The total vehicle content in the mixture is at least about 35% by weight based on the powders, and advantageously about 60% to 200%.
One advantageous vehicle composition is oleic acid and water with the oleic acid content being about 5% to 110% by weight based on the powder content in the mixture. At these levels it is advantageous that the water content in an activated carbon mixture be about 160% by weight based on the carbon, while for a zeolite mixture the water content is advantageously about 70% to 90% by weight based on the zeolite and SiO.sub.2 as fired, and for a ceramic mixture the water content is advantageously about 30% by weight based on the ceramic powder. These vehicle compositions afford a special advantage of improved theology in the respective mixtures.
An especially advantageous vehicle composition when the powder is activated carbon is oleic acid and water with the oleic acid content being about 20% to 110% by weight based on the activated carbon content. This vehicle composition results in short drying times without cracking the activated carbon body.
An advantageous vehicle composition when the powder is zeolite is oleic acid and water with the oleic acid content being about 10% to 60% and more advantageously about 20% to 60% by weight based on the powder content which is taken to be the zeolite in addition to SiO.sub.2 measured on an as-fired basis. This vehicle composition results in short drying times without cracking the activated carbon body.
Some mixtures that can be used in the practice of this invention are given below although it is to be understood that any mixture of the above components can be used.
The preferred powders are activated carbon or zeolite. With activated carbon and zeolite, the co-binders are advantageously silicone resin or a combination of silicone resin and bentonite clay.
Another advantageous co-binder system for activated carbon mixtures is a mixture of bentonite clay and polyvinyl alcohol.
1. Activated carbon, plasticizing organic binder, co-binders of PVA, silicone resin, and bentonite, water, and oleic acid. For example one advantageous composition is activated carbon composed of about 80-100% BPL, balance Nuchar, about 0-2% PVA, about 4-8% methylcellulose, about 20-50% silicone resin, and about 10-30% bentonite clay and total vehicle content of about 150-200%, of which about 20-110% is oleic acid.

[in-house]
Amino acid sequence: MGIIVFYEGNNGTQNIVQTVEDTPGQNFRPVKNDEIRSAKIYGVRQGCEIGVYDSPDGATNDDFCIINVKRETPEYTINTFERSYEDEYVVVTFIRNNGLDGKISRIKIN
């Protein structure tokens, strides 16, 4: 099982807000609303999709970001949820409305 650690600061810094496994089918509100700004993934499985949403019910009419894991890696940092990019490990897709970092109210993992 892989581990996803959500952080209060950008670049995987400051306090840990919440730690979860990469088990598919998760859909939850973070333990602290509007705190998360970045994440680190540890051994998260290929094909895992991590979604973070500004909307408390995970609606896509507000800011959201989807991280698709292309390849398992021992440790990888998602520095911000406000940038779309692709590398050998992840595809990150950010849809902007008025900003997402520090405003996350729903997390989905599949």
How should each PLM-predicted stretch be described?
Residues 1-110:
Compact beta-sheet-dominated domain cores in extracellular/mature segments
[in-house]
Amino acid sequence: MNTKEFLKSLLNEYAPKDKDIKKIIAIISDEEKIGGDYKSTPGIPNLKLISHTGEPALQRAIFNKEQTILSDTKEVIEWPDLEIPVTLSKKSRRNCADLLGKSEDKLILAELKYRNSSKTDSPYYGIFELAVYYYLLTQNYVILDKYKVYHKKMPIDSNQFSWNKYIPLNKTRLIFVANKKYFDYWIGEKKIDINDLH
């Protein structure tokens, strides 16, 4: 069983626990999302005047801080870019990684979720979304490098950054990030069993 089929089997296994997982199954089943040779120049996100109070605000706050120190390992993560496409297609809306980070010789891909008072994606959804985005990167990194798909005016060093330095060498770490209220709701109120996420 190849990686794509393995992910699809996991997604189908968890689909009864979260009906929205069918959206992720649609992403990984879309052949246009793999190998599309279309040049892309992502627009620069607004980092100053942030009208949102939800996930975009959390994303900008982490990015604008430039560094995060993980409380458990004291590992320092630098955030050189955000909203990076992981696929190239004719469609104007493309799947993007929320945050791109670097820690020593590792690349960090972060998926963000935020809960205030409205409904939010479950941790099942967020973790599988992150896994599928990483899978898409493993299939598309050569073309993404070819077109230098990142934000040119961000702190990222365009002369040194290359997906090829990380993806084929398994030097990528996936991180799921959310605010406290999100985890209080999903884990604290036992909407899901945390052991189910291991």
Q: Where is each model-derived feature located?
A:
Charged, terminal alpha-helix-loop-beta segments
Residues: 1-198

2. Zeolite, plasticizing organic binder, silicone resin co-binder preferably dissolved in dibasic ester solvent, water, and oleic acid. For example one advantageous composition is Y zeolite, about 4-10% methylcellulose, silicone resin to yield about 5-30% SiO.sub.2 on firing (predissolved in dibasic ester), about 70-95% zeolite, and about 60-90% total vehicle, vehicle being composed of about 30-80% water, and about 10-60% oleic acid.
More details on processing of these systems will be described in the Examples that follow.
3. Ceramic, glass, and/or glass ceramic powder, plasticizing organic binder, optional PVA co-binder, and vehicle of water and oleic acid. For example, any of those powders compositions previously given, up to about 12% organic binder which is most typically methylcellulose or hydroxypropyl methylcellulose, up to about 6% PVA, and vehicle of water and oleic acid in amount sufficient to wet the powders.
The mixture is formed by dry blending the solid components and then mixing the liquid components with water. One technique of mixing, although it is to be understood that the invention is not limited to such is to place the dry blended components in a mix muller or other type of mixer such as a sigma blade or double arm mixer. While the solids are being mixed, the liquids (co-binders and vehicle) are added. Oleic acid can be added prior to the addition of any other liquid component. For example, with activated carbon powder mixtures, plasticizing organic binder e.g., methylcellulose, PVA, bentonite, and carbon powders are mixed with oleic acid as in a Littleford mixer for generally about 3 minutes. For zeolite powders, the zeolite is mixed with the oleic acid for about 3 minutes. Plasticizing organic binder e.g., methylcellulose is then added with additional mixing for about 3 minutes. Once the liquid has been added, the muller or other mixer is run until the batch compacts and becomes plasticized.